When I come to think about stretching my wings, taking chances, being wild – I think of all the abundance I have in my life and how that abundance has been revealing itself to me  these past months.  I have a 94-year-old father who lives by himself in a high risk COVID area – he remains healthy and safe.  This is good news because my relationship with him continue to heal and grow in beneficial ways. I have a mother-in-law who is very needy and lives far from me.  She has no other relatives nearby.  I am her lifeline and though sometimes, it is stressful, I think about all the lovely talks we’ve had about books (she was a research librarian and has a home library of 4,000 books).  Over the years, she has reminded me just how important books/knowledge is to personal development.

Thought it’s been a tumultuous year so far, I recognize all the things in my life that I am grateful for: my husband – who always encourages me to stretch my thinking, my family (sister, cousins, aunts, and nieces) who are there for support, my friends – and especially my friend, Molly, who is one of the most creative, positive, and courageous people I know, and the children I’ve taught for the past 42 years, who have come back to share their grown-up lives with me.  I am ever so grateful and blessed.

I use my poetry as snapshots.  They help me remember moments in my life.  This poem below fits so beautifully with how I’m feeling right now and how Ruth helped me spread my wings.

 

Ascent

This morning, if I hadn’t decided 

To hike around Lake Minnewaska,

If I didn’t choose the yellow trail

Up the mountain, past Gertrude’s Nose,

If I didn’t stop along the ridge

To watch the hawks circle above the pines,

If I hadn’t bent to tie my boot on the rocky path,

I would not have seen that single moth 

With wings folded upright, carefully clasped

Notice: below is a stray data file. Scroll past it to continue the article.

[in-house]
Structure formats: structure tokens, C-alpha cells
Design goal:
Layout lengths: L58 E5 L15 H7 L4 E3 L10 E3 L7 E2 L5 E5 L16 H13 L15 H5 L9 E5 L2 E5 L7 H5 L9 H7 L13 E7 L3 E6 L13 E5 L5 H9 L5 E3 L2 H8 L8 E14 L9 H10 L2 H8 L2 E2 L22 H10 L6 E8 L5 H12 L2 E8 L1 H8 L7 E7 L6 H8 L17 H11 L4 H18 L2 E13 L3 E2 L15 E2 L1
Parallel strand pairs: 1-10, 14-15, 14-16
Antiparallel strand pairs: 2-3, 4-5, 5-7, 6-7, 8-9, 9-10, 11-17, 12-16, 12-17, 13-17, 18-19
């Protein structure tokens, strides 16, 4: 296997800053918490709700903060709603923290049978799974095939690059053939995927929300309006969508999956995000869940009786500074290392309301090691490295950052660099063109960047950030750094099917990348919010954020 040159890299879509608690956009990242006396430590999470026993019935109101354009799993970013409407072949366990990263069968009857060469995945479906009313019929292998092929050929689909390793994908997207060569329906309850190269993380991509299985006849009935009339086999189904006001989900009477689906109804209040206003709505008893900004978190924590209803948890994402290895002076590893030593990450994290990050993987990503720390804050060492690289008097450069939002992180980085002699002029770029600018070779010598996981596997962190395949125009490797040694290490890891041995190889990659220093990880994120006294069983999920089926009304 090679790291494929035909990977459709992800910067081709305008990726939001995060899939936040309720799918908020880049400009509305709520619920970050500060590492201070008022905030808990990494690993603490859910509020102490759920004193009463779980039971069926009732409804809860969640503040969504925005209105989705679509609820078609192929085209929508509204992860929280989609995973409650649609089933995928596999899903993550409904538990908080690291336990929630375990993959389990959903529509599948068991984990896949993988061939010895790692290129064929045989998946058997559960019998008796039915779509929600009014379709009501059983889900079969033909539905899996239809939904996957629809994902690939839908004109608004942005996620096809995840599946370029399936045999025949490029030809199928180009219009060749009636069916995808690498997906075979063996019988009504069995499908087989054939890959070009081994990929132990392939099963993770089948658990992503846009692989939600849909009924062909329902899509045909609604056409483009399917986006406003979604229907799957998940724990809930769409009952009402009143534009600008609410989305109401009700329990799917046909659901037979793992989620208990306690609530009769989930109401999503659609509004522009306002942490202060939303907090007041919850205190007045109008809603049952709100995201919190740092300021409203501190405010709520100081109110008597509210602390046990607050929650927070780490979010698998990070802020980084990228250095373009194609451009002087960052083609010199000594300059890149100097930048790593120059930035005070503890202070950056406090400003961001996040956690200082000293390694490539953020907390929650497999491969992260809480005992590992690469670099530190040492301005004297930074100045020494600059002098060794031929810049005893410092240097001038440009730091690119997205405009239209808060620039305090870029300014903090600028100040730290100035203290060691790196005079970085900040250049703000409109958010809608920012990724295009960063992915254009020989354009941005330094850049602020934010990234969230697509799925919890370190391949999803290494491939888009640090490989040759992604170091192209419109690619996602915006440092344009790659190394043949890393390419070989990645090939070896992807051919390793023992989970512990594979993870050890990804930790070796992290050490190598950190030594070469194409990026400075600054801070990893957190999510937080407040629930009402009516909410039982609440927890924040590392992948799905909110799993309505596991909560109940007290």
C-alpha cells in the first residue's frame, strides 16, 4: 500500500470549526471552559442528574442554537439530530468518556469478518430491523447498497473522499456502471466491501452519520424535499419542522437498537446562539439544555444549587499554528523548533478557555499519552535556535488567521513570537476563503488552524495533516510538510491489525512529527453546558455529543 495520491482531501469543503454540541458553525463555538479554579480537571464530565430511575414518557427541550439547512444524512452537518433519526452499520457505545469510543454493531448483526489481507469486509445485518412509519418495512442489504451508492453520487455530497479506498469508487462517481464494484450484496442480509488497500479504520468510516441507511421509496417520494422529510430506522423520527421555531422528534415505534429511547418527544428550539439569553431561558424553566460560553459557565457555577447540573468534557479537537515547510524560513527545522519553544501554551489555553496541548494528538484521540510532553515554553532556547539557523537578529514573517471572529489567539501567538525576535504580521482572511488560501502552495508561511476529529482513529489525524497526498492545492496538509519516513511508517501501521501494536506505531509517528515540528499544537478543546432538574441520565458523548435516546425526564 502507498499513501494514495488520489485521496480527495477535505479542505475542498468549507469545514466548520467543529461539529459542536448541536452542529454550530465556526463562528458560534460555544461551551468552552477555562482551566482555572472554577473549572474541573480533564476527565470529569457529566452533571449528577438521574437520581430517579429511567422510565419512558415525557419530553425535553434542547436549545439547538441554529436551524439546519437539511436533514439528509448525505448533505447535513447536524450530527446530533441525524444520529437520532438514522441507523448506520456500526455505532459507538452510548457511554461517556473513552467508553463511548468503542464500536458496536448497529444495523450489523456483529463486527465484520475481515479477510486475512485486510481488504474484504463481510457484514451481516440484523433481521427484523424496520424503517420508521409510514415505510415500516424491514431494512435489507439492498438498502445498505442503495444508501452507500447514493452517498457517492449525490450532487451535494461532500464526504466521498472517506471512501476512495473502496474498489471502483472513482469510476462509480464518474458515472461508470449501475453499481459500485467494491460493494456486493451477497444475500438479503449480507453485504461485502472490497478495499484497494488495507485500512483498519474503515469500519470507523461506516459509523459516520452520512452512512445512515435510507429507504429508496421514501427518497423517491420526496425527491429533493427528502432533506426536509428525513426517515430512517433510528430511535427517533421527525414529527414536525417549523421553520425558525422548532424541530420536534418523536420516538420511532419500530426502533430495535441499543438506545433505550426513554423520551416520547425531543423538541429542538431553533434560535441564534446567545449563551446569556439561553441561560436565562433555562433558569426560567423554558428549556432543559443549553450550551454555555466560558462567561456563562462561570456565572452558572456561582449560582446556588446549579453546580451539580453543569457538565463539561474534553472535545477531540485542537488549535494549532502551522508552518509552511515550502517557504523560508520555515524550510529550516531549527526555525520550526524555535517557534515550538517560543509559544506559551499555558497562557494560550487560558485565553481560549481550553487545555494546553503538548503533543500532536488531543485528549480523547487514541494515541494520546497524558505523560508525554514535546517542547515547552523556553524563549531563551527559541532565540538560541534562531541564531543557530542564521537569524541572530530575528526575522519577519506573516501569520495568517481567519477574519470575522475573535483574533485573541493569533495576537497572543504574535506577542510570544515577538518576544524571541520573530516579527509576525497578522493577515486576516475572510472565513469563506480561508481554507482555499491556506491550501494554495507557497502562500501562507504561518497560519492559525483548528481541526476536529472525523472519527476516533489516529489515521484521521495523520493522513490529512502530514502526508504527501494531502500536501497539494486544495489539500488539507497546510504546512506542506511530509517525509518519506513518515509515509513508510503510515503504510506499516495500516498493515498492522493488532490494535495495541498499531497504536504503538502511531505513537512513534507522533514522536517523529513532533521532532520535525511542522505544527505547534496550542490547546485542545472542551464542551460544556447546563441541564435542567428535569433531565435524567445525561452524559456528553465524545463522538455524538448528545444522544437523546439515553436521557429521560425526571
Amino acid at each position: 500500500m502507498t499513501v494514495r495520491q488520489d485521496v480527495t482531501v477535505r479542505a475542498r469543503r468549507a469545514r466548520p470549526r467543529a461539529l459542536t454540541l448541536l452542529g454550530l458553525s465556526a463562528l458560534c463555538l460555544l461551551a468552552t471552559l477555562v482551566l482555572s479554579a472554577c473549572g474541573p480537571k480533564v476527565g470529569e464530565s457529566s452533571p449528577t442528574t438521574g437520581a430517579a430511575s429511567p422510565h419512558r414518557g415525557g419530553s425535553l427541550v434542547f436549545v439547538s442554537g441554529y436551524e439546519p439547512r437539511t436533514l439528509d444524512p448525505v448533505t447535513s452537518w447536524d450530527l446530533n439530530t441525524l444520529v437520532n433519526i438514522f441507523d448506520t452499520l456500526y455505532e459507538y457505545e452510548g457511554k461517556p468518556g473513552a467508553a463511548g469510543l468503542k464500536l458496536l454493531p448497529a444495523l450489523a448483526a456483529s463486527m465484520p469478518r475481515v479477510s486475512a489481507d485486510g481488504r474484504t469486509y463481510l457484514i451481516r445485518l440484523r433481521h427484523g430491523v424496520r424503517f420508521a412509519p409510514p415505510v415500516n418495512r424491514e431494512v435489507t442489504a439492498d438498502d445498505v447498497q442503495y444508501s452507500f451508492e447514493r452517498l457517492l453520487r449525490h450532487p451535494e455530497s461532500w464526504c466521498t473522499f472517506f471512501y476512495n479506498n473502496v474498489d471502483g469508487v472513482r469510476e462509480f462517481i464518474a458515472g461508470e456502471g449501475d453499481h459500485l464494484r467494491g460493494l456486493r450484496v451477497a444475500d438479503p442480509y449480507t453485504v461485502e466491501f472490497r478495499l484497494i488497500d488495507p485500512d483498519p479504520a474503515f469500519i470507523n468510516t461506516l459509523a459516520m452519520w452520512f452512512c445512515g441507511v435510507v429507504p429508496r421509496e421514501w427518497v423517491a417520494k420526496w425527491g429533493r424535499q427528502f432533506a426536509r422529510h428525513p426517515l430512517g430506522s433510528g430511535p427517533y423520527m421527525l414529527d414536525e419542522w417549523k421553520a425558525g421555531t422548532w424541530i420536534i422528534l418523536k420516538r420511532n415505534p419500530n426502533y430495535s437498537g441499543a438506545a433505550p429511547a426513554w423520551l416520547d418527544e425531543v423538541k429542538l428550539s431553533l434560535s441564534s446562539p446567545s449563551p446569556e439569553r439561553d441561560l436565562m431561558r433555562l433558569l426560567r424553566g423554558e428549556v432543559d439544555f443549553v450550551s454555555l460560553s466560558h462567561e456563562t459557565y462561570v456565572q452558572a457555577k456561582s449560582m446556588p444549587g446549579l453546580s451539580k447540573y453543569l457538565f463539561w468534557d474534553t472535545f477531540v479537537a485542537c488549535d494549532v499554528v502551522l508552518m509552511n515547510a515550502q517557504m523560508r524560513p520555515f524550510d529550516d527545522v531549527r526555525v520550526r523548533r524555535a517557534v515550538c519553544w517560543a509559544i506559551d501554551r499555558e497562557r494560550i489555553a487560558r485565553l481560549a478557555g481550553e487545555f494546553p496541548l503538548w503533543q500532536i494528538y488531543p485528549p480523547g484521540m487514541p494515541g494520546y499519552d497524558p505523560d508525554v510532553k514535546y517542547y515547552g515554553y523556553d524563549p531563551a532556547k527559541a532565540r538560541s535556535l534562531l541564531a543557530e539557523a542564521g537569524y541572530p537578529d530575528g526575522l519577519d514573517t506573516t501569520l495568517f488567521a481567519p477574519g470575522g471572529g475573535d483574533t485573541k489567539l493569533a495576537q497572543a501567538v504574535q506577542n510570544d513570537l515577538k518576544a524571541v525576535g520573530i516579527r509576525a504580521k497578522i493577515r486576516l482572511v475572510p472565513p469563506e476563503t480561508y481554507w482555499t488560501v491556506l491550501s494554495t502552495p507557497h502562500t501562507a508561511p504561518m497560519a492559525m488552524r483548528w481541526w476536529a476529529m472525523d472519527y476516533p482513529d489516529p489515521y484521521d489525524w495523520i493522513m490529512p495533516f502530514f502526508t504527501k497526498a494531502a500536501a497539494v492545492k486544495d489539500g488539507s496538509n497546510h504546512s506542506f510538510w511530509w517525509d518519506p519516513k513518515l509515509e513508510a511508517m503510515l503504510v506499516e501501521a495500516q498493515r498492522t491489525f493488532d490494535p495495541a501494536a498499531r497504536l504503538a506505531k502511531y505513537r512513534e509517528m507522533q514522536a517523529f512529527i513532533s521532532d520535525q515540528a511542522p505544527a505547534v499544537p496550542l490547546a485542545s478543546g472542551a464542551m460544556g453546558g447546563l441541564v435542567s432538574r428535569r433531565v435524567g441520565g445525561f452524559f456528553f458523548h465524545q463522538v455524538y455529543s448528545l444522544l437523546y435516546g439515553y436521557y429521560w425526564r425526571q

Almost the color of birch bark or sunlit limestone

She would not have startled me 

With her out-spread, periwinkle wings –

I would not have witnessed 

Her ascent into the April air.

 

Magic in the Middle

 

I am in love with words.  I don’t know when it happened.  It might have started with “Mama.” Words held meaning, and I was eager from the beginning to express myself. Writing is like breathing to me – I cannot differentiate one from the other.  When I go long period without writing, it’s like I’m holding my breath and turning blue.  And I am.  I am literally turning blue.  I am suffocating.  A little piece of my spirit dies when I don’t write.

Here are fifteen of my favorite words right now:

  1. Aquamarine
  2. Acrobat
  3. Always
  4. Breath
  5. Curious
  6. Journey
  7. Lopsided
  8. Magical
  9. Mud-luscious
  10. Perpendicular
  11. Puddle-wonderful
  12. Puzzlement
  13. Serendipitous
  14. Tangential
  15. Whisper

Number 9 and 11 are words invented by the poet E.E. Cummings in his poem “in just,”which is one of my favorite poems because it is clear that words are Cummings’ playground, and he loved swinging and sliding from one to the other. I’m intrigued when poets/writers create new words to show unique images.  As I grow older, I sometimes forget a word I need for a moment.  I start thinking and thinking and thinking. And I come up with a word, but it isn’t the word I intended.  Then all of a sudden, the right word pops into my head and I realize that both the right word and the wrong word rhyme.  I chuckle instead of becoming upset, because I take it as a sign that I am a true poet and words matter, even – especially the wrong words.

Ruth Ayres wrote recently, “Finding magic in the middle of living.”  When I read her words, I said aloud, “YES, YES, YES!  That is what POETRY is to me!” It is pure magic and it begins with stringing words together: working and playing and putting them together like an intricate puzzle. You set that last piece in place, sit back, smile, and see the whole wonderful image before you.

Number 14 – TANGENTIAL. I have so many thoughts in my head at the same time that sometimes I think I may explode.  Nothing is tangential in my mind, but to others it may not appear so.  Everything, for me, is connected to something else.  This is a wondrous world, and we are connected in ways that are both mysterious and serendipitous.  When we least expect it, someone reaches out – a stranger, a poet, a friend, someone you knew long ago – and steps into your story. Words are the placeholder, the keeper of memories.  They allow you to make sense of your surroundings and uncover the magic.